Lately my daughter has taken an interest in helping me read the list when we go grocery shopping. She likes to read the list before we leave, then check it with me at the store. She carries the list for me, and helps me find the items. This is a big deal because we have struggled to interest her in functional reading outside of specified “reading time” at school or home.

Carrot-Tangerine Cake

The downside to having her help me read the list is that if the store does not have a particular item, she gets a little sad because her expectations were not met. Even though I assure her I can find the item at another store, she kind of obsesses about it until the item is in our possession. On Sunday, the store we were at did not have tangerines. So she asked me about it for the rest of the day, making sure I would be buying them the next day while she was at school. The cute thing is she pronounced tangerine as “tambourine”.

Yesterday when I picked her up from school, sure enough the first thing out of her mouth was, “Did you get tambourines?”. When we got home I showed her the tangerines I bought. I also showed her the tangerine cake I made with them. She liked her piece of cake as much as I liked mine.

Carrot-Tangerine Cake

The other Tuesdays with Dorie recipe for January was Lemon Squares, French Style. While I don’t have photographic evidence, I did make them in November for my mom’s birthday. They were a huge hit and probably the best lemon bars I have ever had. I will definitely be making them again!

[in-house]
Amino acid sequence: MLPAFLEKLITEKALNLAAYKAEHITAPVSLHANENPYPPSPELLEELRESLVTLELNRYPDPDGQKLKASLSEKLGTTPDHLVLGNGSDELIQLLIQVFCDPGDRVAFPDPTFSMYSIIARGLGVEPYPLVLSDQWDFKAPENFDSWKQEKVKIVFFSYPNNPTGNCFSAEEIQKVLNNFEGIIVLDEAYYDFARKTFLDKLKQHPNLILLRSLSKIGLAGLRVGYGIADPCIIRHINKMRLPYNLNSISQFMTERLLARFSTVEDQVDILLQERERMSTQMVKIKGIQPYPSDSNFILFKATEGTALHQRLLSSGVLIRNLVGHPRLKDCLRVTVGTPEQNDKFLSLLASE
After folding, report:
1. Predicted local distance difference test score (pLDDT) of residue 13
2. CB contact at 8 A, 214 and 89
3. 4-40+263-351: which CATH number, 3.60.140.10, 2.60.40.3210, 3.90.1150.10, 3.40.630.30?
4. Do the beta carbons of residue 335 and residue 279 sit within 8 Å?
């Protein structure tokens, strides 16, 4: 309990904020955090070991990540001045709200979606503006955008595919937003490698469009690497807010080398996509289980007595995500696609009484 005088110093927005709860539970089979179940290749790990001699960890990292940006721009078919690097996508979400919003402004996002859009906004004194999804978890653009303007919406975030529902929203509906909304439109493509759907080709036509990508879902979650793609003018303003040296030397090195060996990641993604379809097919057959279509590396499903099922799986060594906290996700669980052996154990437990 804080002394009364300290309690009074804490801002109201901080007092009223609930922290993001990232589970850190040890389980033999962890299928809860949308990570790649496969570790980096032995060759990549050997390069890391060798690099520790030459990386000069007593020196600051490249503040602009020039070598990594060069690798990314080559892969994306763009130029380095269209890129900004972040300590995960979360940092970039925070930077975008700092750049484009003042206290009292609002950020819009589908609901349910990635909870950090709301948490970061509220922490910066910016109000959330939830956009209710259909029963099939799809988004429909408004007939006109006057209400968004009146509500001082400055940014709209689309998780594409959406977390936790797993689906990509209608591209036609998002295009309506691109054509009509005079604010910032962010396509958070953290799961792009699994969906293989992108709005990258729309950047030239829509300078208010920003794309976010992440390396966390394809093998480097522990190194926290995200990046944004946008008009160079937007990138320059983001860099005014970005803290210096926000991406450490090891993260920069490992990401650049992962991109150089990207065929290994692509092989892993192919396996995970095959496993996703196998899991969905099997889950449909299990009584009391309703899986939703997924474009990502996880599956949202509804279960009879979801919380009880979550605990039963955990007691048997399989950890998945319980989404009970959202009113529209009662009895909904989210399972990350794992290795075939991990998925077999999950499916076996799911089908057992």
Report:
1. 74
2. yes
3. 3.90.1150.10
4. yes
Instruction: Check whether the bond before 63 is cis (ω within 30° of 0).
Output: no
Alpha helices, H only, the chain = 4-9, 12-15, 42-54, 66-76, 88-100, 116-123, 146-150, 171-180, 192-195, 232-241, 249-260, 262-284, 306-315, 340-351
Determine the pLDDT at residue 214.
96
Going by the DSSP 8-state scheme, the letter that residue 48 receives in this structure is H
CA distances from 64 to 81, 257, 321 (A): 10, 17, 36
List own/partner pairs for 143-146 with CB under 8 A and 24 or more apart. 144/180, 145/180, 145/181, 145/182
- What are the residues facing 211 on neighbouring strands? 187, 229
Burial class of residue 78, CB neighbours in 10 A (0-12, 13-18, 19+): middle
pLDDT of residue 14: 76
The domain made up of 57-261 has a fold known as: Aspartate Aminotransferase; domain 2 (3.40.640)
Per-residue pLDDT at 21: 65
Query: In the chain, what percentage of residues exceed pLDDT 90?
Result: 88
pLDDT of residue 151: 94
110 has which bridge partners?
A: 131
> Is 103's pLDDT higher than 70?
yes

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TWD: Catch Up!

Happy New Year! I realize I’ve been a missing-in-action the last few months. I have been having trouble finding my blogging rhythm ever since French Fridays with Dorie ended. I have plenty of ideas about what I want to share with you, but so far the execution has not happened. Maybe in the new year?

In the meantime, here is a quick and dirty catch-up of the Tuesdays with Dorie recipes I have made over the last few months.

Apple Pielettes

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What a clever idea! Little mini pies baked in muffin tins. I cut the recipe in half and made six pielettes. My only issue with these was that my filling did not entirely “fill” each pielette. They sure were tasty though!

Chocolate-Covered Toffee Breakups

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There is only one word to describe this toffee: Wow!  It was SO GOOD! It’s a good thing I gave most of this away, because I may have eaten it all within a day or so if I hadn’t. It was very addictive.

A Note About Making this at High Altitudes: To make the toffee, you have to bring the sugar mixture to 300° F. At higher altitudes, since the boiling point is lower, you need to bring the sugar mixture to a lower temp, otherwise it will burn. I took mine off the heat at 292° F and it was perfect. To find the appropriate temperature for your altitude, check out this site: http://bakingwithaltitude.com/high-altitude-candy-making-tips/.

Stained Glass Cookies

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My daughter and I made these together a few days before Christmas. It turns out we aren’t very good at filling the holes with the crushed lifesavers. I like the way they look though; kind of like water colors. These were fine, but I wasn’t wowed by them. I would make them again as a fun Christmas activity, but otherwise I would skip the lifesavers and make basic vanilla cookies, maybe with a sprinkling of colored sugar on top.

I hope 2016 treats all of you well. See you in the new year!